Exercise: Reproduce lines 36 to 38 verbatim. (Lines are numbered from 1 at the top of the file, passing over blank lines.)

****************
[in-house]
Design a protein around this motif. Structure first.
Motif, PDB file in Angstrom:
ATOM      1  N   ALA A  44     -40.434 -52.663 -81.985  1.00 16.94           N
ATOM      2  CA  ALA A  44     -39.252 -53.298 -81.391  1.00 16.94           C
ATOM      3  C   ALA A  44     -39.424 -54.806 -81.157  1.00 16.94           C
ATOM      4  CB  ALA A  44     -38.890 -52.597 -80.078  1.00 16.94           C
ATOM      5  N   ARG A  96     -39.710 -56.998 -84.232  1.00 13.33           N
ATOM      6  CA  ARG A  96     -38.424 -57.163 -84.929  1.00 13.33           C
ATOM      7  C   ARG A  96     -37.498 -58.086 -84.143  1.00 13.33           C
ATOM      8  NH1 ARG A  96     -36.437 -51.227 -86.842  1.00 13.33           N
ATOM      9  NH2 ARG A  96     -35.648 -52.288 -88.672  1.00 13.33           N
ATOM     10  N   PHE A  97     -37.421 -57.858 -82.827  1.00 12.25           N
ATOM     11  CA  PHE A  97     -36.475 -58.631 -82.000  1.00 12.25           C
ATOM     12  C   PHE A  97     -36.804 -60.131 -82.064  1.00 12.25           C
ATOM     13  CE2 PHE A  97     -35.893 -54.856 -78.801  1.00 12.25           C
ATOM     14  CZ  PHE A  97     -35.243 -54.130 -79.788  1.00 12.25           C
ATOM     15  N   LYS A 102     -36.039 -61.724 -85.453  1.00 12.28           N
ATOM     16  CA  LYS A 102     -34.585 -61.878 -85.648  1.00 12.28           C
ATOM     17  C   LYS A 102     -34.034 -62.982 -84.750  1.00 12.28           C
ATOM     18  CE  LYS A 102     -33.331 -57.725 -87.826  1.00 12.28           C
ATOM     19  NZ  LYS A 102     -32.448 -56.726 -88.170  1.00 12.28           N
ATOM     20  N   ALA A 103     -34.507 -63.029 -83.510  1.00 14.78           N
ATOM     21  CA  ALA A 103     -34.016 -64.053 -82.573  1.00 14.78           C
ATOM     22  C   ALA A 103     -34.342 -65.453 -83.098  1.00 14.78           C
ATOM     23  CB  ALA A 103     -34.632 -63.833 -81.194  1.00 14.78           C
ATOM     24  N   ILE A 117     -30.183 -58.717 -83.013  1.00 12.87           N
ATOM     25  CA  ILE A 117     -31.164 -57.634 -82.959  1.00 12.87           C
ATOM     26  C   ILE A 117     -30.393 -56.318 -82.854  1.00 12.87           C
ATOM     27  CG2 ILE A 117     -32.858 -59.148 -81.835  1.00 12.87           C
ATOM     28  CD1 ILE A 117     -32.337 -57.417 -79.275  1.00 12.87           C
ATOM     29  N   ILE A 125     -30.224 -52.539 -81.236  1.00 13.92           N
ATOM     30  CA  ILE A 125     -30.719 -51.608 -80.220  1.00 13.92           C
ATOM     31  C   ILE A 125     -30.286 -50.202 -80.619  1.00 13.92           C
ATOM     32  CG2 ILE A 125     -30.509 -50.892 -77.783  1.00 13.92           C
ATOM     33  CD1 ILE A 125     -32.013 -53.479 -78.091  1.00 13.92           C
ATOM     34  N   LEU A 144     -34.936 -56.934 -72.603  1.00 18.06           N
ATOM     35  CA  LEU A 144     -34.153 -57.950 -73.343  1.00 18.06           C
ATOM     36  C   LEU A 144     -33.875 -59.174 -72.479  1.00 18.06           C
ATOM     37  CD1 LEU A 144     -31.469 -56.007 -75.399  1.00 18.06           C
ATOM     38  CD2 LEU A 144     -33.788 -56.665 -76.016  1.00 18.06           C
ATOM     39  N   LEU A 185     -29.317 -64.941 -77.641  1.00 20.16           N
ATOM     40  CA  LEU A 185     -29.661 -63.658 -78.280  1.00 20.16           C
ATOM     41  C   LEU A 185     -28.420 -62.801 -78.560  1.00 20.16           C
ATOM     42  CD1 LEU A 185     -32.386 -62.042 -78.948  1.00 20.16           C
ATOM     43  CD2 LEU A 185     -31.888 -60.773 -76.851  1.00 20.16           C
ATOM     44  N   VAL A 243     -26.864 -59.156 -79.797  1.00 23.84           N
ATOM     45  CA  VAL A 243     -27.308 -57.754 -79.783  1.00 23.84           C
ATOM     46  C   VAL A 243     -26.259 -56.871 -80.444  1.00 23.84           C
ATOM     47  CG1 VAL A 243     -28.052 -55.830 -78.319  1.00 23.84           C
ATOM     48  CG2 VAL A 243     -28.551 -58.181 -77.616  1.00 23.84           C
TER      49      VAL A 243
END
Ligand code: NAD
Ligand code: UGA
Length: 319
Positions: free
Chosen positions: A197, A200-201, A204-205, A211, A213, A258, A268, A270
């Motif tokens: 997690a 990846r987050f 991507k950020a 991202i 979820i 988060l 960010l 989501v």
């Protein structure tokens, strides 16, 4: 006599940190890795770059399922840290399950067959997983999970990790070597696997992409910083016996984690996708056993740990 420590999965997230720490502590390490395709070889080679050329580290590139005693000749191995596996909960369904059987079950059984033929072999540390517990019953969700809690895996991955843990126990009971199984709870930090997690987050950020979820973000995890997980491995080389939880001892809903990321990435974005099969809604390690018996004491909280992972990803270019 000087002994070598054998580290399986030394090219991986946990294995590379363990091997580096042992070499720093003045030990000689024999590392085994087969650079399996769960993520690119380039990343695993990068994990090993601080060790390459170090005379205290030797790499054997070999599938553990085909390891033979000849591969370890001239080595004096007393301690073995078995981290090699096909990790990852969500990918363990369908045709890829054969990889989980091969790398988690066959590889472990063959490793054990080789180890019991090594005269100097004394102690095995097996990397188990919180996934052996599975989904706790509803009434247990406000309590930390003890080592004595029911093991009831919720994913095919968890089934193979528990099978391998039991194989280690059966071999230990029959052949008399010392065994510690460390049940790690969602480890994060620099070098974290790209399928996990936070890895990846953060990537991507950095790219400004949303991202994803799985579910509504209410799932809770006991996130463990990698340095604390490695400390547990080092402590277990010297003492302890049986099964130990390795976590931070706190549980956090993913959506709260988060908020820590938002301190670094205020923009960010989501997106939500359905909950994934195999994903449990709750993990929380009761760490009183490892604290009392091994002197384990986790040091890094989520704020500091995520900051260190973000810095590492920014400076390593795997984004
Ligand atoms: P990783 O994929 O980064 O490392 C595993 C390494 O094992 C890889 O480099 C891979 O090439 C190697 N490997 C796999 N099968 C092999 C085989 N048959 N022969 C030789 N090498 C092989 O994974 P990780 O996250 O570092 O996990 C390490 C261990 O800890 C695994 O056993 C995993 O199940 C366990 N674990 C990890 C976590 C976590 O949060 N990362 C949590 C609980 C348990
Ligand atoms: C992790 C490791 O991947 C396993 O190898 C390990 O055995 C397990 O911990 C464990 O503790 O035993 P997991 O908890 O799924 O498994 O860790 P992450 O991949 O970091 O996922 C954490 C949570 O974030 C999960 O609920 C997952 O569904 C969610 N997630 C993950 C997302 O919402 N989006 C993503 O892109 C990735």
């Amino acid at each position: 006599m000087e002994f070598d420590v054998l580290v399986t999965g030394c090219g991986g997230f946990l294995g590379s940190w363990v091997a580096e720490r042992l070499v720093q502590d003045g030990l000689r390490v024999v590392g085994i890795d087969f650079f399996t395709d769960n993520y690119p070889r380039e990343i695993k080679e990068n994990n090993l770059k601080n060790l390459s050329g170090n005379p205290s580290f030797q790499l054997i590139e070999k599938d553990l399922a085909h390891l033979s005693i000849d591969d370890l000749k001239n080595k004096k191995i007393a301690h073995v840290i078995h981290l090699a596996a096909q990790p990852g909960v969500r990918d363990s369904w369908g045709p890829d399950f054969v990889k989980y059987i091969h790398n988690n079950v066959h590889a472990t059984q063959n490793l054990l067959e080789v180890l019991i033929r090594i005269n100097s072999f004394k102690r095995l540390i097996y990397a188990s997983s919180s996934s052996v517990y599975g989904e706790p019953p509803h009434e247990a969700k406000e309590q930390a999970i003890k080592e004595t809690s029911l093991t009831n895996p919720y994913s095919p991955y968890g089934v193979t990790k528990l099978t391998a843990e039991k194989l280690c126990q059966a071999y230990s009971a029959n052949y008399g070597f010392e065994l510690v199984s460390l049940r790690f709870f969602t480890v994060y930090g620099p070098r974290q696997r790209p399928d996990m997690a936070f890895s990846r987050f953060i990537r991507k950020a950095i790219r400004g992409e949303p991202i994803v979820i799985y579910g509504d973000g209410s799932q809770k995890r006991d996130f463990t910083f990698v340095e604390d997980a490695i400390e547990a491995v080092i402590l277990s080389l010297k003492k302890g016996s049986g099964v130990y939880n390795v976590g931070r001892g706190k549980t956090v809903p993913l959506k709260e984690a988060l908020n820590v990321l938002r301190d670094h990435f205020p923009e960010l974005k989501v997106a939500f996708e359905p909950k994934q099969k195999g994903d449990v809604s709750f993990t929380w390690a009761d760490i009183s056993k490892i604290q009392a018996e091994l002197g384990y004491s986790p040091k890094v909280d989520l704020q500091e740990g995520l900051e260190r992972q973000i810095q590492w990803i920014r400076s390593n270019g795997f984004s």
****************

ATOM     33  CD1 ILE A 125     -32.013 -53.479 -78.091  1.00 13.92           C
ATOM     34  N   LEU A 144     -34.936 -56.934 -72.603  1.00 18.06           N
ATOM     35  CA  LEU A 144     -34.153 -57.950 -73.343  1.00 18.06           C